Nearly three months have come and gone since the Tax Day Floods ravaged the Houston area in April. As you may recall, during these storms rain fell at rates as high as 1 inch in just 5 minutes over parts of Harris County, with a maximum hourly rate of 4.7 inches. The rain topped out at 16.7 inches in just 12 hours over western Harris County. All told, Harris County averaged 7.75″ of rainfall for the event— equivalent to 240 billion gallons of water falling on the area.
One of the most memorable aspects of those floods came when both the Addicks and Barker Reservoirs filled up, and flooded the adjacent Highway 6. These watersheds located upstream of Houston provide flood damage reduction along Buffalo Bayou downstream of the reservoirs and through the center of the city.
Now, finally, those two large drainage basins have emptied. KUHF 88.7 spoke with Richard Long, of the U.S. Army Corps of Engineers, which manages the dams.
“Well the reservoirs are in real good condition right now. Addicks Reservoir emptied out overnight, actually, just last night, and Barker Reservoir will empty in the next couple of days. So we will be basically through with all the Tax Day floodwater and all the rains that have occurred since then,” Long said.
After the reservoirs empty out completely the Corps plans to inspect the facilities to determine if any damage was done by the high water. The Corps also plans a $75 million renovation of the facilities built during the World War II era.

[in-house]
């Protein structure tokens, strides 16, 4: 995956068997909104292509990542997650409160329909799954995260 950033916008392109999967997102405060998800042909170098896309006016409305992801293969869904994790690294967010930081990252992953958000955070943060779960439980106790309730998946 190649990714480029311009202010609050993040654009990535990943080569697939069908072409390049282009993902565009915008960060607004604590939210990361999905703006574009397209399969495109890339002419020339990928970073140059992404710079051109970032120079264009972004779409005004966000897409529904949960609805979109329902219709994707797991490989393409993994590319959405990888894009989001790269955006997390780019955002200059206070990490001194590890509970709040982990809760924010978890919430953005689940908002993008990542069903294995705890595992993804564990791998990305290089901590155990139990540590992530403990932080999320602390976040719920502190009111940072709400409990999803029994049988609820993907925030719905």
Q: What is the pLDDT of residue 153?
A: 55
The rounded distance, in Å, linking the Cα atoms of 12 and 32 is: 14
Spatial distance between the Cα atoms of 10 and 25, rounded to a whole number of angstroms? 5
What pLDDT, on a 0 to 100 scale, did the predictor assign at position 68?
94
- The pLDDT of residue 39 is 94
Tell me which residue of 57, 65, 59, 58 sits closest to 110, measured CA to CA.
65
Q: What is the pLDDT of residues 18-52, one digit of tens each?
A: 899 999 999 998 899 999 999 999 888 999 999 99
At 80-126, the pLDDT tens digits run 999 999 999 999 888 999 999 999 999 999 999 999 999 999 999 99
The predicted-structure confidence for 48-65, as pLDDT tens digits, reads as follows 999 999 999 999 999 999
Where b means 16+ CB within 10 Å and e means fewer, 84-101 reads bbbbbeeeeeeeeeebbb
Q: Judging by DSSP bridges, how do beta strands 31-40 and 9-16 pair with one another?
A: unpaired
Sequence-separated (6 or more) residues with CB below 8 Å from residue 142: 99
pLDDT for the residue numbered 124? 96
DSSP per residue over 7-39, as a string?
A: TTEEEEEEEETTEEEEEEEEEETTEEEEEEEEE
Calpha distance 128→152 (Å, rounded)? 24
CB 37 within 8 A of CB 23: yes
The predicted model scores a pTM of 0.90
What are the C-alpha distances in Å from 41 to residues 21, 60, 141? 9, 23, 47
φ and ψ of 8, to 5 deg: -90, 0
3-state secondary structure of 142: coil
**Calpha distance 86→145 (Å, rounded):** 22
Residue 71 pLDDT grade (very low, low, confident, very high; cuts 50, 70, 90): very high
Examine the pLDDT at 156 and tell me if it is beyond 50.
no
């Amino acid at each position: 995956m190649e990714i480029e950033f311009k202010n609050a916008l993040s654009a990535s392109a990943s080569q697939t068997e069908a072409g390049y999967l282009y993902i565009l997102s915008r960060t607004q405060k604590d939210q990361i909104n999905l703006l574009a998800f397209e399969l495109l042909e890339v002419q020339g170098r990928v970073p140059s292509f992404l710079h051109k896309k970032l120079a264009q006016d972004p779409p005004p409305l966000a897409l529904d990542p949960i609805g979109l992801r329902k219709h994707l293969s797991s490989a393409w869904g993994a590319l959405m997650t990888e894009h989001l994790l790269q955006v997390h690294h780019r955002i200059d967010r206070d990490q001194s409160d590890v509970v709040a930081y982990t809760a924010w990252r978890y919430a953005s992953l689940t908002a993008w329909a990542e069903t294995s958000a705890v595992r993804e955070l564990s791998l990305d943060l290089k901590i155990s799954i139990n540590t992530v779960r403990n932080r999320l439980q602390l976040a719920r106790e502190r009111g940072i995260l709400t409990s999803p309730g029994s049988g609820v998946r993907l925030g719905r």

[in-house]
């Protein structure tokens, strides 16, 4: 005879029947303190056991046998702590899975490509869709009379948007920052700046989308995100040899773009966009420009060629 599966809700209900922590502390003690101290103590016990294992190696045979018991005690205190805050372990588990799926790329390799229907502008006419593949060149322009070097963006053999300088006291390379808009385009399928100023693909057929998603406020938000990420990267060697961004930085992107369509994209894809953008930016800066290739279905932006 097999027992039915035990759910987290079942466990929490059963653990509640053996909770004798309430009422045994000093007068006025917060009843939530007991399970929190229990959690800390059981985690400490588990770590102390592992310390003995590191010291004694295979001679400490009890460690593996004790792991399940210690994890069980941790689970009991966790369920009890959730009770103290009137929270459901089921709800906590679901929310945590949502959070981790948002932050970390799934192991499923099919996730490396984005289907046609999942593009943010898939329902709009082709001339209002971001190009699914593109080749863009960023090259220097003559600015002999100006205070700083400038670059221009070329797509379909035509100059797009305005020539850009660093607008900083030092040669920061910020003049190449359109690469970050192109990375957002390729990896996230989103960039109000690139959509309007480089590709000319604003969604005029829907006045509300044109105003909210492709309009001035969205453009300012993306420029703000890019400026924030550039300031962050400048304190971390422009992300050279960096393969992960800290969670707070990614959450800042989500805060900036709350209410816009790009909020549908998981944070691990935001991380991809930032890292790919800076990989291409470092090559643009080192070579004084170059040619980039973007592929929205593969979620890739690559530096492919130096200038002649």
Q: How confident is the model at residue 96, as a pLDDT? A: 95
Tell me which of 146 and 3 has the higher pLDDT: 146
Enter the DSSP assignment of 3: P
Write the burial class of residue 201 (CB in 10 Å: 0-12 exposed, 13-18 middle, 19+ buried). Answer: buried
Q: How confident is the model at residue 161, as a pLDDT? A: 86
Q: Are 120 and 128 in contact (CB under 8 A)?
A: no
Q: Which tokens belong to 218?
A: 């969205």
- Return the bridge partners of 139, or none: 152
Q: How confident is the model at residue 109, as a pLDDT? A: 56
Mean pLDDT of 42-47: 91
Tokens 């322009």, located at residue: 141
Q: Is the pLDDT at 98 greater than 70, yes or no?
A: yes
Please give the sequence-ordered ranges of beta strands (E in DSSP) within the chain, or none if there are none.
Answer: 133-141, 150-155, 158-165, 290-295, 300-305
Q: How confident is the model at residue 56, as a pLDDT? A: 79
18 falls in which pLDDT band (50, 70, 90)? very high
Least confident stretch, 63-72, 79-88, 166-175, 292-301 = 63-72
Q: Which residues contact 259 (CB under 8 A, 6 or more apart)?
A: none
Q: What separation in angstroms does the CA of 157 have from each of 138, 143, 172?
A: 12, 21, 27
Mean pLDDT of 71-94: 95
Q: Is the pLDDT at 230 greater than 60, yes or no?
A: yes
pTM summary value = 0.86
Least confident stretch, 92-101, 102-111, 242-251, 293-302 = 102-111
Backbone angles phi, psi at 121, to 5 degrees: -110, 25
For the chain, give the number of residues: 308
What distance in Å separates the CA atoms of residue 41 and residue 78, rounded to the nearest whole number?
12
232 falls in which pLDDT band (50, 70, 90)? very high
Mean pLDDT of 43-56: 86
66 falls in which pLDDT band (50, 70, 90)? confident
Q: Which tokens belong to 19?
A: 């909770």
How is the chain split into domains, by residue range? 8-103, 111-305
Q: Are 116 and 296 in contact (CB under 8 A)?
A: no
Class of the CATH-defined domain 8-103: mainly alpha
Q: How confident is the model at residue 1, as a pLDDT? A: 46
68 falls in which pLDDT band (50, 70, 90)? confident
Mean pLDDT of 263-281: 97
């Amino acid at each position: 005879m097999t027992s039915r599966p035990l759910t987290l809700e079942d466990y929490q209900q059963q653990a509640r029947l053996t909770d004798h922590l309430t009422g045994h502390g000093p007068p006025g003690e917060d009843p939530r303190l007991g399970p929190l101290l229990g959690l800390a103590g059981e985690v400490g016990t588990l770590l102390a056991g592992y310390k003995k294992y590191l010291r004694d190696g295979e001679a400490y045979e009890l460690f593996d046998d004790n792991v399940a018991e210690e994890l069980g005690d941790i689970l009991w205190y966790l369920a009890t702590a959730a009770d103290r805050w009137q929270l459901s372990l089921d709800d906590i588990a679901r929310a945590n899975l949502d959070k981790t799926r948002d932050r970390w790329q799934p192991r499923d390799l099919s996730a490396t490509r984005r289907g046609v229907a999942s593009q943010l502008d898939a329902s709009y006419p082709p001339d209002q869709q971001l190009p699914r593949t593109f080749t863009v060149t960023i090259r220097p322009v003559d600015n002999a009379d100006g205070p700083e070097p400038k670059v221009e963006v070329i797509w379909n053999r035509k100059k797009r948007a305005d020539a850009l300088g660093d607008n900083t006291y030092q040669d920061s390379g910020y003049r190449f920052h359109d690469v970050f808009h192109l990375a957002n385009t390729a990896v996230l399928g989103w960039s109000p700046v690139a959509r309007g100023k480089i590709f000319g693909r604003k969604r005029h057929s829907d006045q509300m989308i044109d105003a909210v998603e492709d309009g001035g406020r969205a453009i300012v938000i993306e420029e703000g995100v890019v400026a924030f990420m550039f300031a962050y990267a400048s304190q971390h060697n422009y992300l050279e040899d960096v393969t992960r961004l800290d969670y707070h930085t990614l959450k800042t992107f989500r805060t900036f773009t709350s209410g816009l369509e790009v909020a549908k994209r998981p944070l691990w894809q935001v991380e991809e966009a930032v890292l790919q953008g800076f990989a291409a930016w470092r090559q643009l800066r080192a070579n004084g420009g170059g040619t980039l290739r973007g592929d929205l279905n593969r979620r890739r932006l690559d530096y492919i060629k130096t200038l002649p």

Fortunately for them, there appears to be a lot of dry weather on the horizon for Houston as we get deeper into July and then August.
8 thoughts on “Finally, after the Tax Day floods, the Addicks and Barker Reservoirs have emptied”
Eric, from my perspective at my house ( just north of San Jac river at 59), we are entering a drought like period. Very dry here, leaves falling from stressed trees, yards dried up, etc. Is there any indication of drought here and statewide?
We’re not really close to a drought yet because this year’s cumulative rainfall is so far ahead of normal. We’re not even “abnormally dry,” according to the US Drought Monitor. But that can change pretty quickly during the warmest months of the year, and absent meaningful rain between now and then we probably will slide into a drought some time in August.
And as the latest flood waters empty into the Gulf, Houston once again collects its federal flood insurance dole and fails to take measures to mitigate future flood damage. Growth is good, but careless overdevelopment unaccompanied by better stormwater management is foolish and threatens the city’s long term health.
Where were you during the Tax Day floods, Eric?
Eric, how worried should Houstonians be about an MJO pulse that’s supposedly going to park itself in the West Gulf? Should we get ready for a hurricane? I can’t seem to get any data or opinions from my fellow wx. hobbyists, so I hope you can help me out.
I expect conditions to become more favorable for storms to form over the Atlantic during the latter half of July and into August, but it’s not something I’d be overly concerned about. The MJO is one factor that affects activity, but it is not the end all and be all, and it is not going to simply park over the Gulf of Mexico.
Eric, I have a friend that is building a software that will be helping Houstonians or the cities to predict what areas will flood to let clients be aware where to live. How can they connect with you?
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